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Wednesdays with the Saints Evening Prayer
May 8 @ 5:15 PM - 5:45 PM
Wednesdays with the Saints
Evening Prayer Service
Daily prayers are said on a regular schedule at Saint James. On Wednesday evenings, we invite you to explore and celebrate the inspiring lives of the saints at our Evening Prayer service.
This Wednesday, we celebrate the life of Dame Julian of Norwich. Of Dame Julian’s early life we know little, only the probable date of her birth (1342). Her own writings in the Revelations of Divine Love are concerned only with her visions, or “showings,” that she experienced when she was thirty years old. She had been gravely ill and was given last rites; suddenly, on the seventh day, all pain left her, and she had fifteen visions of the Passion. These brought her great peace and joy. “From that time I desired oftentimes to learn what was our Lord’s meaning,” she wrote, “and fifteen years after I was answered in ghostly understanding: ‘Wouldst thou learn the Lord’s meaning in this thing? Learn it well. Love was his meaning. Who showed it thee? Love. What showed he thee? Love. Wherefore showed it he? For Love. Hold thee therein and thou shalt learn and know more in the same.’ Thus it was I learned that Love was our Lord’s meaning.”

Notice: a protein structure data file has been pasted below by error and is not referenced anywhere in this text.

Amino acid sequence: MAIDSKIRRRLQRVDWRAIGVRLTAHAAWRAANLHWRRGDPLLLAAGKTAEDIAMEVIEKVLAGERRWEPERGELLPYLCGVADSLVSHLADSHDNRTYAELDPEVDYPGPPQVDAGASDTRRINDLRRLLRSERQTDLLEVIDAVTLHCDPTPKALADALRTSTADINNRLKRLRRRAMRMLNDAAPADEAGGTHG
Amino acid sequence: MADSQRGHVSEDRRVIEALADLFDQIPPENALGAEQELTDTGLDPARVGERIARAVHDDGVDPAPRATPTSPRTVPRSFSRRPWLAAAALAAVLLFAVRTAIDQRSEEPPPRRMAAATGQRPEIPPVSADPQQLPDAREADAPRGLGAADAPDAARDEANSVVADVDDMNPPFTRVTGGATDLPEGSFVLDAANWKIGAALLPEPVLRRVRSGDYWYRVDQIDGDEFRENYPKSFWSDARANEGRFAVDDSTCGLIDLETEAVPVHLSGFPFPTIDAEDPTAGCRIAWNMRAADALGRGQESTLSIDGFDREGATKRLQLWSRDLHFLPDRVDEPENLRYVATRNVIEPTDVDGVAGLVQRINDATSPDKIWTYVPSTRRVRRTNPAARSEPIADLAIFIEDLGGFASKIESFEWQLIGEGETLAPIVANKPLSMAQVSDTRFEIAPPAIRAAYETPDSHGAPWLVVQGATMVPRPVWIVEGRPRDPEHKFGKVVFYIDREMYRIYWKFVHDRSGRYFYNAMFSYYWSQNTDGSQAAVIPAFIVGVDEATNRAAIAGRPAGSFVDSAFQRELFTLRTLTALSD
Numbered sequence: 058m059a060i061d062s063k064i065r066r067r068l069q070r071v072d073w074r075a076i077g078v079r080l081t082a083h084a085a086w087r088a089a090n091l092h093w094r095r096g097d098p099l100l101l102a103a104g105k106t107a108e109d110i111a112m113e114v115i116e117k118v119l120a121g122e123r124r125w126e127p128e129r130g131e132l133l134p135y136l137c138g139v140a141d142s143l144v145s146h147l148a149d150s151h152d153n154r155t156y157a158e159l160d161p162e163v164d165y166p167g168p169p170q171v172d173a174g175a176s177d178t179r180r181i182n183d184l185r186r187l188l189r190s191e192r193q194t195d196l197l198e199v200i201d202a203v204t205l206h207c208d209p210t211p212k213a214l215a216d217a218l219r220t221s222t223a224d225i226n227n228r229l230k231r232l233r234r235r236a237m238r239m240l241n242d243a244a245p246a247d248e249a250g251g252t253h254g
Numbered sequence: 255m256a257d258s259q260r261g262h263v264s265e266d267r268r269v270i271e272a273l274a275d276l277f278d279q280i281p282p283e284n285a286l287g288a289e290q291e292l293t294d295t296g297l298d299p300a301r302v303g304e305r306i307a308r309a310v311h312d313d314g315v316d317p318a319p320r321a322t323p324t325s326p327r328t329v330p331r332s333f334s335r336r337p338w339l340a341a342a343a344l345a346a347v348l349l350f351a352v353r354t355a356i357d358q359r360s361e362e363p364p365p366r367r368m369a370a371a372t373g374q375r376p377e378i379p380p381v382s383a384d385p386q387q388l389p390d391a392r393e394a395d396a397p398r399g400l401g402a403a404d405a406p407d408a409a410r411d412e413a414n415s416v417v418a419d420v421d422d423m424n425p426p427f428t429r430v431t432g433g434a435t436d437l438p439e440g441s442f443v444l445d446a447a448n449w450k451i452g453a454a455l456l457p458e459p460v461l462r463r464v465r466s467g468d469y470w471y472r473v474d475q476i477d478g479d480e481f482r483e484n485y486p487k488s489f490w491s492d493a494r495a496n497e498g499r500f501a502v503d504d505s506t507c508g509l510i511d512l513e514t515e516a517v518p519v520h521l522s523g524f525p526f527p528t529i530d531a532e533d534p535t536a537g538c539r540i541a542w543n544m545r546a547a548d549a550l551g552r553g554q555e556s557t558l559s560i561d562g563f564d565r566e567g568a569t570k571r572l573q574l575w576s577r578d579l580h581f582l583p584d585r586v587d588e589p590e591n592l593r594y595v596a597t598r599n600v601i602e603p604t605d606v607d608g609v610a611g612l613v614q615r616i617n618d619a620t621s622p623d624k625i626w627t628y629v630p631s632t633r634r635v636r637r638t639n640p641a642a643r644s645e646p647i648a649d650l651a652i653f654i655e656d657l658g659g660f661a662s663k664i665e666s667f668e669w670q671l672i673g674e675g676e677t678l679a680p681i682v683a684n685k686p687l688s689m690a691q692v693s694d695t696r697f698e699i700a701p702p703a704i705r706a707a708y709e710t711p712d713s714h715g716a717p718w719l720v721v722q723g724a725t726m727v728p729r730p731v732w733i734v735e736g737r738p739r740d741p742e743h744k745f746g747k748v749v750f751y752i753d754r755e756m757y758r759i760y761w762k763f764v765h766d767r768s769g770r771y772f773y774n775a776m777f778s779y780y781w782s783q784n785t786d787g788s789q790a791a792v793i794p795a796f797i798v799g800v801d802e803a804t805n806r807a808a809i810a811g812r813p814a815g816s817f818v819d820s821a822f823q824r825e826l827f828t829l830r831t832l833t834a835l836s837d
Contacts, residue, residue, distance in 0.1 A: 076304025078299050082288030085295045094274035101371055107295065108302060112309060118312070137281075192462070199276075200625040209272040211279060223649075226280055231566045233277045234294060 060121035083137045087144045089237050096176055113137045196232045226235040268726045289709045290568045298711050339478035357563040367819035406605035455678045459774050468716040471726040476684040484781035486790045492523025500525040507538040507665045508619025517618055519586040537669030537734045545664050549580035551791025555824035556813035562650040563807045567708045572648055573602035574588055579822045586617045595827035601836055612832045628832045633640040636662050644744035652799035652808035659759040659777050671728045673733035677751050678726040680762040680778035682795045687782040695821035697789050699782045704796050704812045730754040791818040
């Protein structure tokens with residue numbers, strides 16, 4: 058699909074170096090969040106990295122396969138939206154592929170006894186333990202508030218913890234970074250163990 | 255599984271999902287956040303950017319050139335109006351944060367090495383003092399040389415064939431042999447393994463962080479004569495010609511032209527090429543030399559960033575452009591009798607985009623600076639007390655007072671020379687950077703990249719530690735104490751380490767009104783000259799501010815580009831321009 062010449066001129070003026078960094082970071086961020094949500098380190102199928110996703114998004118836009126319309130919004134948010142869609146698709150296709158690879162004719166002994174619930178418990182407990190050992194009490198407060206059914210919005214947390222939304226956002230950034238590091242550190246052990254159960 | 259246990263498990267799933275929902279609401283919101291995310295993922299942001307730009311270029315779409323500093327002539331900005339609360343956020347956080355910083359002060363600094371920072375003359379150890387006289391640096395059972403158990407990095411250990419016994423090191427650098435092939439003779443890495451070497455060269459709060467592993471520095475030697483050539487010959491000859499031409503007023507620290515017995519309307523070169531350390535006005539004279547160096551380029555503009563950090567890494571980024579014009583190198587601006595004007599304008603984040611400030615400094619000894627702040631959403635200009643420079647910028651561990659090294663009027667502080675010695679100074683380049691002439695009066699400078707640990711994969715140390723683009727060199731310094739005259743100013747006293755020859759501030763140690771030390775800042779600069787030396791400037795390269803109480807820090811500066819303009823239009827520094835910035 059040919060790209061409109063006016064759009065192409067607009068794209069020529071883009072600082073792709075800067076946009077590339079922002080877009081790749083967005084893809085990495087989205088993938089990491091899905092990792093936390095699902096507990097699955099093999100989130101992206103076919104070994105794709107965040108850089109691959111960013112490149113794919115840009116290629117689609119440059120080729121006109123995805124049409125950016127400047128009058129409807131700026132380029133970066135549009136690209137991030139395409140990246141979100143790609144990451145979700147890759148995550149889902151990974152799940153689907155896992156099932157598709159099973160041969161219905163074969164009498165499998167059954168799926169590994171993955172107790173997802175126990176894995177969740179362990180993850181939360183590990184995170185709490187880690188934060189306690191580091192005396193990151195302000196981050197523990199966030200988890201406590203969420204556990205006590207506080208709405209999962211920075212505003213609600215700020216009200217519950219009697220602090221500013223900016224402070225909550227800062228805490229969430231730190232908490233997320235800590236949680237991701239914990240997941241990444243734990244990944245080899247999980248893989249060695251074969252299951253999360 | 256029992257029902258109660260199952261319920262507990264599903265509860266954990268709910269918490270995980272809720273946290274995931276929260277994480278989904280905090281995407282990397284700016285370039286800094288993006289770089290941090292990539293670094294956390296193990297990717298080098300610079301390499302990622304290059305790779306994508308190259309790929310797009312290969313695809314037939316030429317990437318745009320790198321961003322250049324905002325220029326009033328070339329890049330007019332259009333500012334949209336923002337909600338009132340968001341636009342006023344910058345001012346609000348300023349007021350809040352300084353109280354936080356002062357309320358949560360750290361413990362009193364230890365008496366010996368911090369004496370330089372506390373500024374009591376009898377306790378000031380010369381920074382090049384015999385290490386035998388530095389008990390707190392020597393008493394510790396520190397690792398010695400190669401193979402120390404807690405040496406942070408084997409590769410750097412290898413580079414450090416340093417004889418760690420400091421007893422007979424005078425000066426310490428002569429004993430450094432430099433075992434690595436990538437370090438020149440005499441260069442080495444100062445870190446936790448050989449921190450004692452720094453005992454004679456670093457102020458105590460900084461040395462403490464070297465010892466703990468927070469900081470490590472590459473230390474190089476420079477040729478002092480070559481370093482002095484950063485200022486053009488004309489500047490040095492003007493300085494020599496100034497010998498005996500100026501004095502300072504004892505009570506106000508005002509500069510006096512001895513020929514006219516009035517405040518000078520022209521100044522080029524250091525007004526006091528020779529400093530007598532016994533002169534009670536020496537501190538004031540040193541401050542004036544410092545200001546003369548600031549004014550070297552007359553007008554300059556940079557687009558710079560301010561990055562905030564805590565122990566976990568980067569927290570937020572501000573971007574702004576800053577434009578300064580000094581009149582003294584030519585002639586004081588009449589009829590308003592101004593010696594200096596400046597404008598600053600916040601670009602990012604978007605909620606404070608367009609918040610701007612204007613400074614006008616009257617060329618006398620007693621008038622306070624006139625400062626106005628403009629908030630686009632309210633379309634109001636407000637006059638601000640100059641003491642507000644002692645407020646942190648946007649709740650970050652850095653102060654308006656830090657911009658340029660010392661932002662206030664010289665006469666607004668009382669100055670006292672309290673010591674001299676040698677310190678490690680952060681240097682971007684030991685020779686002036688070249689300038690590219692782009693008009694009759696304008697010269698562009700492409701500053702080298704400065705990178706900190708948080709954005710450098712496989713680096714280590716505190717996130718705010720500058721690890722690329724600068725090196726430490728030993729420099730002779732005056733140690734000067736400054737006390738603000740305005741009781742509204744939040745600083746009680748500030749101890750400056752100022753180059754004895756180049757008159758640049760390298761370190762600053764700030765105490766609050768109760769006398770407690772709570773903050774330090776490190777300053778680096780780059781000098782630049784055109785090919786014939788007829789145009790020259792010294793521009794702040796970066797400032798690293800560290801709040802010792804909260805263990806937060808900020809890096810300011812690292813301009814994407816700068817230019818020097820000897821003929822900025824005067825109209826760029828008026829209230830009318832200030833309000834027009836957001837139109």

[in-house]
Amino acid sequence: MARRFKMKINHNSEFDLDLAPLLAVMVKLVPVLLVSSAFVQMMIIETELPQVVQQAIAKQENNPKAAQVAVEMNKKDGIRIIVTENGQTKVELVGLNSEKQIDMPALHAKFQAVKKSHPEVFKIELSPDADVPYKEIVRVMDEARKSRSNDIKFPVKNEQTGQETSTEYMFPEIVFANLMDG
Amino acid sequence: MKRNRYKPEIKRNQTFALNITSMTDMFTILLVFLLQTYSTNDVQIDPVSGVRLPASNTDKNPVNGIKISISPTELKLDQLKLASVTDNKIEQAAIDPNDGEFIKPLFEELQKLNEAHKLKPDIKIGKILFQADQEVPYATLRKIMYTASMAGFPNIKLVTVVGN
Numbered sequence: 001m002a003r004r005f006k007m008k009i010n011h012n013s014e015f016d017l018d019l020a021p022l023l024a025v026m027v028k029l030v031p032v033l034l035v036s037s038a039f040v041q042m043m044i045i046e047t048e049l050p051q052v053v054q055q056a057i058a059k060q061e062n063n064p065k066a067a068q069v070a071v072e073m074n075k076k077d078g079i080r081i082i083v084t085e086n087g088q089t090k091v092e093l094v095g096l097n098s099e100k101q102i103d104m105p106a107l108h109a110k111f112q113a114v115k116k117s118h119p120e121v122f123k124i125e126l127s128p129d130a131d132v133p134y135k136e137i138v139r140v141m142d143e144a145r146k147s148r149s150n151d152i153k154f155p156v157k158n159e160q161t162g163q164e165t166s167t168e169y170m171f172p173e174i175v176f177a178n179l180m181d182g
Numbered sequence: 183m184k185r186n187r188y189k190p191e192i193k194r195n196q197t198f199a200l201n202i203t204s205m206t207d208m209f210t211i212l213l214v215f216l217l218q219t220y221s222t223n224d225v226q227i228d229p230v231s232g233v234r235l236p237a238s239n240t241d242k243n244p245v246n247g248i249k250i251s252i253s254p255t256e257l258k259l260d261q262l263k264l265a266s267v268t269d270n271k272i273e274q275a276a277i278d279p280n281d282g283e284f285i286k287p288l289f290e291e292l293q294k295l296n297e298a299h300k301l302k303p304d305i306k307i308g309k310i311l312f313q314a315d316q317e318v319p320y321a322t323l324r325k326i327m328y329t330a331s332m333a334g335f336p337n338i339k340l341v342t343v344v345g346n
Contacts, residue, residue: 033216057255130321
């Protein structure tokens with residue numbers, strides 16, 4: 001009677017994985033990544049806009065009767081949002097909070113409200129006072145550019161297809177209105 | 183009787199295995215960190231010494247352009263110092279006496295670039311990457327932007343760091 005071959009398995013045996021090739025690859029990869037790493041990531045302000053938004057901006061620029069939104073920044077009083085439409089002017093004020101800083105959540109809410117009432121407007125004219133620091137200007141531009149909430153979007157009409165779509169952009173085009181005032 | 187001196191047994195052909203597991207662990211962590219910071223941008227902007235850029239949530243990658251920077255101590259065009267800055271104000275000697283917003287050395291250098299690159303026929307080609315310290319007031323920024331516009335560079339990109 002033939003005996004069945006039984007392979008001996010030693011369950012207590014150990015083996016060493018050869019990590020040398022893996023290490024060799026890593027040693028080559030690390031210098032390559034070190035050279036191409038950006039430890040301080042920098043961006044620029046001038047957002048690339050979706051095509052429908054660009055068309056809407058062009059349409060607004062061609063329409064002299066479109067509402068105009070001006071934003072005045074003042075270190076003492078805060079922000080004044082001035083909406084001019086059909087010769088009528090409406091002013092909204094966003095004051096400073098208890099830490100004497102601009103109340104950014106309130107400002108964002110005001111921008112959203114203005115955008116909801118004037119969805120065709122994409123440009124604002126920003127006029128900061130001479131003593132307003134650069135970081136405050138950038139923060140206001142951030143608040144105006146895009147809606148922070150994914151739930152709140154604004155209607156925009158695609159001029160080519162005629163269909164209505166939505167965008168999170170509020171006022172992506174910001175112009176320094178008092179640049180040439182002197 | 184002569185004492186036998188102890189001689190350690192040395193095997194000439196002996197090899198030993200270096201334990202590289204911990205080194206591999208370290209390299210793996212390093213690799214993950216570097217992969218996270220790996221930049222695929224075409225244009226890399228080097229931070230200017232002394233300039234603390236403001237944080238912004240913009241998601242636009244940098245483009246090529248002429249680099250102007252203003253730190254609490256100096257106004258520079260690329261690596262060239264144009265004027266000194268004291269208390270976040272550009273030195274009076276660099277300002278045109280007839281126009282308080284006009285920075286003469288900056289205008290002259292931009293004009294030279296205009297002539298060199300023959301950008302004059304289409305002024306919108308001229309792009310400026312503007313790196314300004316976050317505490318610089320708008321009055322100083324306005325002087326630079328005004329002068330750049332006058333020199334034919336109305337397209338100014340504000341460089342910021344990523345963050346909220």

Julian had long desired three gifts from God: “the mind of his passion, bodily sickness in youth, and three wounds—of contrition, of compassion, of willful longing toward God.” Her illness brought her the first two wounds, which then passed from her mind. The third, “willfull longing” (divinely inspired longing), never left her.
She became a recluse, an anchoress, at Norwich soon after her recovery from illness, living in a small dwelling attached to the Church of St. Julian. Even in her lifetime, she was famed as a mystic and spiritual counselor and was frequently visited by clergymen and lay persons, including the famous mystic Margery Kempe. Kempe says of Julian: “This anchoress was expert in knowledge of our Lord and could give good counsel. I spent much time with her talking of the love of our Lord Jesus Christ.”
Julian’s book is a tender and beautiful exposition of God’s eternal and all-embracing love, showing how his charity toward the human race is exhibited in the Passion. Again and again she referred to Christ as “our courteous Lord.” Many have found strength in the words the Lord had given her: “I can make all things well; I will make all things well; I shall make all things well; and thou canst see for thyself that all manner of things shall be well.”
[Excerpted from Holy Men Holy Women: Celebrating the Saints published by Church Publishing Co.]